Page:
Sharp and flat notes are opposites, so the difference between them is very easy to understand: one goes up, the other down. When a note’s pitch is sharpened, it is raised by a semitone (or a half-step). Similarly, when a note’s pitch is flattened, it is lowered by a semitone.
The easiest thing to understand different pitches is to look at a standard piano keyboard. Each key represents a semitone, with the lowest notes on the left of the piano and the highest on the right. So, when a note is sharpened, you move one key up to the right (black or white depending on which is closest) and when a note is flattened you move one key down to the left. Simple as that!
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When reading music on the page, sharp or flat notes are shown by symbols that are known as accidentals. These tell you to change the pitch of the original note. A sharp symbol looks like this: ♯ (similar to, but not the same as, the ‘hashtag’ symbol # on social media). A flat symbol looks like this:♭(similar to a lowercase b).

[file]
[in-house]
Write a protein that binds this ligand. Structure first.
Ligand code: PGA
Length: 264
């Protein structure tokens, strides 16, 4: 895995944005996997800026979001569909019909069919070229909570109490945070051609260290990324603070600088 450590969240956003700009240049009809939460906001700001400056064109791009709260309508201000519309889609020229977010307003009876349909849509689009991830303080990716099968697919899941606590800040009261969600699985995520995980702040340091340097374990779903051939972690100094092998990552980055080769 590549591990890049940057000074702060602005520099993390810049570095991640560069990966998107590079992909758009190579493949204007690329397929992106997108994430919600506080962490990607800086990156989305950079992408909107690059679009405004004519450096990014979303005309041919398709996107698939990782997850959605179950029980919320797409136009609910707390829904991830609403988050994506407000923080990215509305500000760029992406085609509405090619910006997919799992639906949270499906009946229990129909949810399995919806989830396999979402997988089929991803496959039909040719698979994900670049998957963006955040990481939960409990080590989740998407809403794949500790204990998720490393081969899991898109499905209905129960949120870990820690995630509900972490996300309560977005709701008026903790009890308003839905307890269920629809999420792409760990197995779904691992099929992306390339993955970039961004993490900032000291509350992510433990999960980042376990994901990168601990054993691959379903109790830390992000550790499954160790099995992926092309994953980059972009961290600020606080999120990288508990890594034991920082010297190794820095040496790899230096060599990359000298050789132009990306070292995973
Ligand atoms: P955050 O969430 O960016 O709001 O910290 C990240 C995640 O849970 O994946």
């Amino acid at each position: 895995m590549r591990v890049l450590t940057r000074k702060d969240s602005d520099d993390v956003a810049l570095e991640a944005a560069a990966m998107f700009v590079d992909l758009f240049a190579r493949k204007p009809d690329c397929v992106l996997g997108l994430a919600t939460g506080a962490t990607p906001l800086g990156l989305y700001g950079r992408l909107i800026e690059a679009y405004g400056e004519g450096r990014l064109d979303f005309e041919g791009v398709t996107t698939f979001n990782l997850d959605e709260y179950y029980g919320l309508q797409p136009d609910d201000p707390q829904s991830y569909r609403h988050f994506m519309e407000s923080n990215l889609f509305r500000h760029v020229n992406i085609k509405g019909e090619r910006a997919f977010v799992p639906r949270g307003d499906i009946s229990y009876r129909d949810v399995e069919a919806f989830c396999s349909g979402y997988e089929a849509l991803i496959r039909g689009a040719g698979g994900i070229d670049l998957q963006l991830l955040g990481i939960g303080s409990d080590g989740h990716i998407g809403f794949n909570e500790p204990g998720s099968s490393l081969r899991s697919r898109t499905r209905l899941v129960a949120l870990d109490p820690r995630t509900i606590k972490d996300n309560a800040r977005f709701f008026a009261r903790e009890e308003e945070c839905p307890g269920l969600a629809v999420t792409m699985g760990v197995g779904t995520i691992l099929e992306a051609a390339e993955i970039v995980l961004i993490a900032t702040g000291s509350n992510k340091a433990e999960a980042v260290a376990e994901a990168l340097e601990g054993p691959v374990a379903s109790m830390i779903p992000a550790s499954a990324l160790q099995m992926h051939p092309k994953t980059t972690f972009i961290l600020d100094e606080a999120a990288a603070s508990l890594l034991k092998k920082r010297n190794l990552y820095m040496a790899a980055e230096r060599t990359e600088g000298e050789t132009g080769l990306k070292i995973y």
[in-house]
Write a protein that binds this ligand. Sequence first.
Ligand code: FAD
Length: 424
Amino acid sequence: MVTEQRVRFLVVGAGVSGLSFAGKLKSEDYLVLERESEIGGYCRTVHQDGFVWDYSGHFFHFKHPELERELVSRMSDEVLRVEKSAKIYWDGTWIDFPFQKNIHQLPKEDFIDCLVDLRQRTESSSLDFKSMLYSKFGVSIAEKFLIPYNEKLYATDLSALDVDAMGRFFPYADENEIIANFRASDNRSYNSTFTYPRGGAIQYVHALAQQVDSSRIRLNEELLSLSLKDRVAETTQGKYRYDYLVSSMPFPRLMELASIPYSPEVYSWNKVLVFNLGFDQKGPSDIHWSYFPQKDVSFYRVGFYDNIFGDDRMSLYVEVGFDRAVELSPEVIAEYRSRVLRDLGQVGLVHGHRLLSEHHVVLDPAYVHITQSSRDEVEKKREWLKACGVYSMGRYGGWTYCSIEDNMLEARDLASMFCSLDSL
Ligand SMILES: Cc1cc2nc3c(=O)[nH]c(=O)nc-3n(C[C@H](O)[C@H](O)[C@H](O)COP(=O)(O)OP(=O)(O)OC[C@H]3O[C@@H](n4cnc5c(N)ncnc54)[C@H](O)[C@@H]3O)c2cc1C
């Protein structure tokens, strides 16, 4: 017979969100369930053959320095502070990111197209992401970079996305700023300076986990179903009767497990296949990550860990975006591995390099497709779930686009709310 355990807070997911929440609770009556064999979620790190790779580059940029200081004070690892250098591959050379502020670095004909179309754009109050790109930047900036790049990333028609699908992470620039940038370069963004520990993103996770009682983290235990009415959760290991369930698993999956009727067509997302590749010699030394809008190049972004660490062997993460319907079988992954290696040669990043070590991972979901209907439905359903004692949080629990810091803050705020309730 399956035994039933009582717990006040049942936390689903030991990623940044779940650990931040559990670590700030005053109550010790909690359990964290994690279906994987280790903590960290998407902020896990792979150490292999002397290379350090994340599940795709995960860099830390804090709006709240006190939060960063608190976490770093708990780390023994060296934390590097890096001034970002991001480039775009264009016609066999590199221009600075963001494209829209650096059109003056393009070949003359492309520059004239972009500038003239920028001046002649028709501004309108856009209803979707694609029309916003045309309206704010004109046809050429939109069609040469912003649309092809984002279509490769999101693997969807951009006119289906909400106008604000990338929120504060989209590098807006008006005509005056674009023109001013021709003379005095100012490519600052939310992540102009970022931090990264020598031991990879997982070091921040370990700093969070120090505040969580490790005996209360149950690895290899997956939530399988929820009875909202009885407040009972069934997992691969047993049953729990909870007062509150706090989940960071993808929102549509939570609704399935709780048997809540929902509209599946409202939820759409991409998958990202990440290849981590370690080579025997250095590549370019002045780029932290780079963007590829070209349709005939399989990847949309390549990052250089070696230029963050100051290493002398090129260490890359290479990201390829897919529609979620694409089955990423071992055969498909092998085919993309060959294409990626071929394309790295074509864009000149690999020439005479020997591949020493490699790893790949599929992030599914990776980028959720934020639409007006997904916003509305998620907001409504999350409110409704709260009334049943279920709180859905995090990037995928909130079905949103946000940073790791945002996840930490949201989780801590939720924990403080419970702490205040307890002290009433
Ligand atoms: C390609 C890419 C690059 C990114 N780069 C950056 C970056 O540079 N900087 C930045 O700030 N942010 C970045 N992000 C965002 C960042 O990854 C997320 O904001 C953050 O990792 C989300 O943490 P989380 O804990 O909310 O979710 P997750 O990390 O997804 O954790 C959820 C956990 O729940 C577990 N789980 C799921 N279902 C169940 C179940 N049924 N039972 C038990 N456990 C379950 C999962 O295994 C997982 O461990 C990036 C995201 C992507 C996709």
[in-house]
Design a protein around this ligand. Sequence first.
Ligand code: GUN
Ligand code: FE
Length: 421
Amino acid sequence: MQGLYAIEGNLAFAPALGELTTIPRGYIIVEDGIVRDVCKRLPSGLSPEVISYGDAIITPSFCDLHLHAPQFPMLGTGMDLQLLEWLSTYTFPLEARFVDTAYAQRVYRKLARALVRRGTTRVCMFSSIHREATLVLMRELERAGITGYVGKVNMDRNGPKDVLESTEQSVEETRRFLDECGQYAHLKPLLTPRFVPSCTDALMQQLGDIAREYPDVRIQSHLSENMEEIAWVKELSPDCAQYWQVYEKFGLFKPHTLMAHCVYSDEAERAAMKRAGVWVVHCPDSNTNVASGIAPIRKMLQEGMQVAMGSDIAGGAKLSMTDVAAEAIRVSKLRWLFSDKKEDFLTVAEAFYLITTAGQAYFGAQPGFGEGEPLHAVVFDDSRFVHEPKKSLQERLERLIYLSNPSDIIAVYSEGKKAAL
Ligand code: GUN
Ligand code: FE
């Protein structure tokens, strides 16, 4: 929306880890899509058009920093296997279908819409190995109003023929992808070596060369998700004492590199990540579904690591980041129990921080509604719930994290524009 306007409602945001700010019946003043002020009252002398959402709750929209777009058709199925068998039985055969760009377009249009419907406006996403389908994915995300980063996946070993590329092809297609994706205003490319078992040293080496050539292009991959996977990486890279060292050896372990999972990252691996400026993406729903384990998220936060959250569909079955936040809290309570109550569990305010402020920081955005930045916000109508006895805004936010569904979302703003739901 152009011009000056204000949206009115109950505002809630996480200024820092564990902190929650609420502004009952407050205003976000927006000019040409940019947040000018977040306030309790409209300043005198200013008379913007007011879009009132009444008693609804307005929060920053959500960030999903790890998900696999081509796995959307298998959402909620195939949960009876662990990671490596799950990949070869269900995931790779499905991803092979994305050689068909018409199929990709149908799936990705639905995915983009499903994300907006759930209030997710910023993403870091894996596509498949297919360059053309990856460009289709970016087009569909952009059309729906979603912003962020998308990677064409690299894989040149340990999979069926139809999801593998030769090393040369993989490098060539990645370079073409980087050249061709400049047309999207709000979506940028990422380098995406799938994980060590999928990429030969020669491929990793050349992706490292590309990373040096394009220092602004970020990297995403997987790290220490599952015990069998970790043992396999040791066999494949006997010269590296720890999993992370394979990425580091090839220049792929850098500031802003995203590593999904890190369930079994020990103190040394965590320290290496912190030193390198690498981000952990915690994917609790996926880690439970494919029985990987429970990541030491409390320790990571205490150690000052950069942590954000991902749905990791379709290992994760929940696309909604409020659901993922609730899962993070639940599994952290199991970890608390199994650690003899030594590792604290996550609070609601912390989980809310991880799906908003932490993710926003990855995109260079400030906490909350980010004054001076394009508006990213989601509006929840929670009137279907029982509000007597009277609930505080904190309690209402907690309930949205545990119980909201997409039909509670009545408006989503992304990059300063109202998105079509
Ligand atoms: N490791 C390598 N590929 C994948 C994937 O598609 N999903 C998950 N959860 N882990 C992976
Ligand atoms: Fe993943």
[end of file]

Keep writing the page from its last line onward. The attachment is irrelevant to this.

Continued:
Occasionally, notes can also be double-sharp or double-flat. The premise of these is the same but moves the pitch by two semitones (or a tone). So, if you have a G double sharp, raising this by a tone would make it an A. If you have a G double flat, this would become an F. On a piano keyboard, you would move two keys to the right (sharp) or left (flat).